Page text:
Again, you suggest that “Israel” throughout the OT only applies to believing Israel (is that what you meant?), although Paul’s usage, “my kinsmen according to the flesh, who are Israelites,” in Rom 9:3-5 surely applies to unbelieving Israel, the physical descendants of Israel, Isaac and Jacob.

    You also suggest that “God’s people” really only means true believers , although it is evident as I noted earlier, “people of God” is used in the Bible of Israel both in belief and in unbelief, of redeemed Gentile nations in the Millennium and of the church today. Perhaps we can agree that the people of God through scripture is a grand paronomasia. From the standpoint of eternity the redeemed of all time are God’s people (Rev. 21:3) and yet distinctions (not divisions) will persist into the eternal state (Jer. 31:36, Eph. 3:21, Rev. 3:12, 14).

    I think that the mystery form of the kingdom in Matthew 13 is bigger than the church. The church is part of God’s kingdom program but not identical to it. The tares look like Christians but they are not. Some of them may even seem to look more like Christians to an unbelieving world than those of us who are Christians. I note that the term “church” is absent from the kingdom parables but present in Ephesians 1. Revelation 13:14ff speaks of a “church” which may be fully in unbelief, however, if these are unbelievers, then they’re not part of the true, universal church (Eph. 1:13).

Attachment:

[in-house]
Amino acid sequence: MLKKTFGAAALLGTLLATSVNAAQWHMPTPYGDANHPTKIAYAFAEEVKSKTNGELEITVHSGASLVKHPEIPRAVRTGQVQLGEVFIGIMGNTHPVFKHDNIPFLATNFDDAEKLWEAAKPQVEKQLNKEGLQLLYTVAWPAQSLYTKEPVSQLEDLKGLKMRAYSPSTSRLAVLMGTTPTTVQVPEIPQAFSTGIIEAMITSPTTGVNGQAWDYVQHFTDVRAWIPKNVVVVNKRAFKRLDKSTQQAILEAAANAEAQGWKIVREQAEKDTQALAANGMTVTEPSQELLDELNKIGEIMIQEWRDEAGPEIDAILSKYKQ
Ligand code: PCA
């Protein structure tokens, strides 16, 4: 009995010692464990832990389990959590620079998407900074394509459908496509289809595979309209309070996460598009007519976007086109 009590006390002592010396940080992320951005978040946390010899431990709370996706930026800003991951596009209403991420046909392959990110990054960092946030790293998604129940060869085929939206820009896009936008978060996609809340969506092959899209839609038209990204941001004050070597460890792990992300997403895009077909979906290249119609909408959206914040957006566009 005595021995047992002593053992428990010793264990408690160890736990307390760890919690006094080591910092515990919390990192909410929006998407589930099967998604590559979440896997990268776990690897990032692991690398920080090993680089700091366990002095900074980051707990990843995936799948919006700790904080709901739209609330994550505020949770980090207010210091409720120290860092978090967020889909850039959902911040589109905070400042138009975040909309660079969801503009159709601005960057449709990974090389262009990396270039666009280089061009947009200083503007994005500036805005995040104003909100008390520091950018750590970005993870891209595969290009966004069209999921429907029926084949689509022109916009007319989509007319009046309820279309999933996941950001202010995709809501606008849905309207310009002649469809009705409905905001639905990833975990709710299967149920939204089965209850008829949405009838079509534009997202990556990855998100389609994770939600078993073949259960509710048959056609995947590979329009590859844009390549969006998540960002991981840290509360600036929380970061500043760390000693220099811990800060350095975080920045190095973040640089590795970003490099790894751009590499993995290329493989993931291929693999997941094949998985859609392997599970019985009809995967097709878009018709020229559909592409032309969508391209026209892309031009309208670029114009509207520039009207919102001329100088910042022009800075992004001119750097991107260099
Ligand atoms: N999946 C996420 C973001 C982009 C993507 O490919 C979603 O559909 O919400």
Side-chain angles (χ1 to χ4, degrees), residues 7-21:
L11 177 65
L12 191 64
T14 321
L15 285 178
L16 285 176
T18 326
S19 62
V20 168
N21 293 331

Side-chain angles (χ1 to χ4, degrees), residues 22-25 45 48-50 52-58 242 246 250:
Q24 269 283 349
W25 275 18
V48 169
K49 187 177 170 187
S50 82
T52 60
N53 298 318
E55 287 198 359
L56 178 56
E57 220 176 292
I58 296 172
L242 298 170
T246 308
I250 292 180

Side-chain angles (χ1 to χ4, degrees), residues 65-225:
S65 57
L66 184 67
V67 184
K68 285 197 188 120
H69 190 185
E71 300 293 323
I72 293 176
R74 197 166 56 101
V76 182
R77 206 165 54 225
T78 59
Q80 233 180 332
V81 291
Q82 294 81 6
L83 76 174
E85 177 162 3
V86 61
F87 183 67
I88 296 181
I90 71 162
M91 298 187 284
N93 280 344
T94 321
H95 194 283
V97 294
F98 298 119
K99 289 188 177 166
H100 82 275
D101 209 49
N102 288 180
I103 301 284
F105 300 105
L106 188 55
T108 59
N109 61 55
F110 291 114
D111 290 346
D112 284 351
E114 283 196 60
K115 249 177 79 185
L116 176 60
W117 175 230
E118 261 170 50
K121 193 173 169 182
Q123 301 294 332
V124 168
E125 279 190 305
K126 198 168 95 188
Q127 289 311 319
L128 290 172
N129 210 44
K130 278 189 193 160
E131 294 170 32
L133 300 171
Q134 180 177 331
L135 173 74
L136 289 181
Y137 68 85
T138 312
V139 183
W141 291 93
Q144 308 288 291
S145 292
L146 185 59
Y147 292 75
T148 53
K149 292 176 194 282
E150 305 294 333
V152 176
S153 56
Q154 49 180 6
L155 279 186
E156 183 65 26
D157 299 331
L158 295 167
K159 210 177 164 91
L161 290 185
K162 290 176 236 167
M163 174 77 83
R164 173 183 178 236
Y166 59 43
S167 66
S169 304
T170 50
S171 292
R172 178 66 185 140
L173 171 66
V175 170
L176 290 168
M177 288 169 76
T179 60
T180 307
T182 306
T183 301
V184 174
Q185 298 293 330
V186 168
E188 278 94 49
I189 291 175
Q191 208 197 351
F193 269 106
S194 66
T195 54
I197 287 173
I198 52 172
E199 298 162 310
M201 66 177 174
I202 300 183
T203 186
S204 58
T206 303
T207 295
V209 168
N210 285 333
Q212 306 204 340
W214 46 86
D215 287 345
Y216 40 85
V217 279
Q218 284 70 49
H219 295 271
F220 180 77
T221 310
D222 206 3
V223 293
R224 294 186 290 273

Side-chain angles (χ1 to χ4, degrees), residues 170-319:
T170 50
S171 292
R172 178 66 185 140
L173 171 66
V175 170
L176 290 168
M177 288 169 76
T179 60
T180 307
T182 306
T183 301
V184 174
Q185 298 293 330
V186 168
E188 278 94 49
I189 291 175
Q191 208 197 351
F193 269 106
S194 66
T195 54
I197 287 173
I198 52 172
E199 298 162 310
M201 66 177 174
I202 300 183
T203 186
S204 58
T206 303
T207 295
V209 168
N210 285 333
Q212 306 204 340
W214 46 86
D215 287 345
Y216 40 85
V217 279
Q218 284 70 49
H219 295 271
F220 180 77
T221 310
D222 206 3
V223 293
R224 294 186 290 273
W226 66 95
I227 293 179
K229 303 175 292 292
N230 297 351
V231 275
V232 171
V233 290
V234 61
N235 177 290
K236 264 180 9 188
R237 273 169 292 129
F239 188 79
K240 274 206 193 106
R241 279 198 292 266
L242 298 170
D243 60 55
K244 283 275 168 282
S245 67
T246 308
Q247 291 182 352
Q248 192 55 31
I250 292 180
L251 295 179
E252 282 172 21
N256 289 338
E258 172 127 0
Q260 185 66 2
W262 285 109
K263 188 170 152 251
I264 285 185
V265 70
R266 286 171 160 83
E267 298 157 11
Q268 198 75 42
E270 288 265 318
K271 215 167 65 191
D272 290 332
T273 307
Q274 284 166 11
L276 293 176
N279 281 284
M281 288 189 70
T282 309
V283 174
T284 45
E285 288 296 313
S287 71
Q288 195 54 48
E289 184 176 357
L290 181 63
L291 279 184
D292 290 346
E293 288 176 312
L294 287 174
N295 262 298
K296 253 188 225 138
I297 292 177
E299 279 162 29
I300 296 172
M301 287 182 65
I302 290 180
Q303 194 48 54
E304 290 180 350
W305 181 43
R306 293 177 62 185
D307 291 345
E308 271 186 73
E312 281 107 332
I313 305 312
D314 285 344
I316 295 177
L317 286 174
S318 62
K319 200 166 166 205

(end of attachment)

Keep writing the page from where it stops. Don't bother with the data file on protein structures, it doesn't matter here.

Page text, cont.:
Shalom.

    http://www.davidandbecky.com

    • Avatar

      bock

      dlb – PD again
      *** Denote my responses. Note I cannot engage in such long interactiosn on a regular basis.

      Is it true that in PD Israel and the church are themselves dispensations, in distinction to classic dispensationalism, which identified dispensations with economies that were linked to successive stages of human history?

      *** Reply: No, this is not the point of any distinction, the best that I can tell. Economies and dispesations are synonyms. Different words for stewardships or administrative arrangements.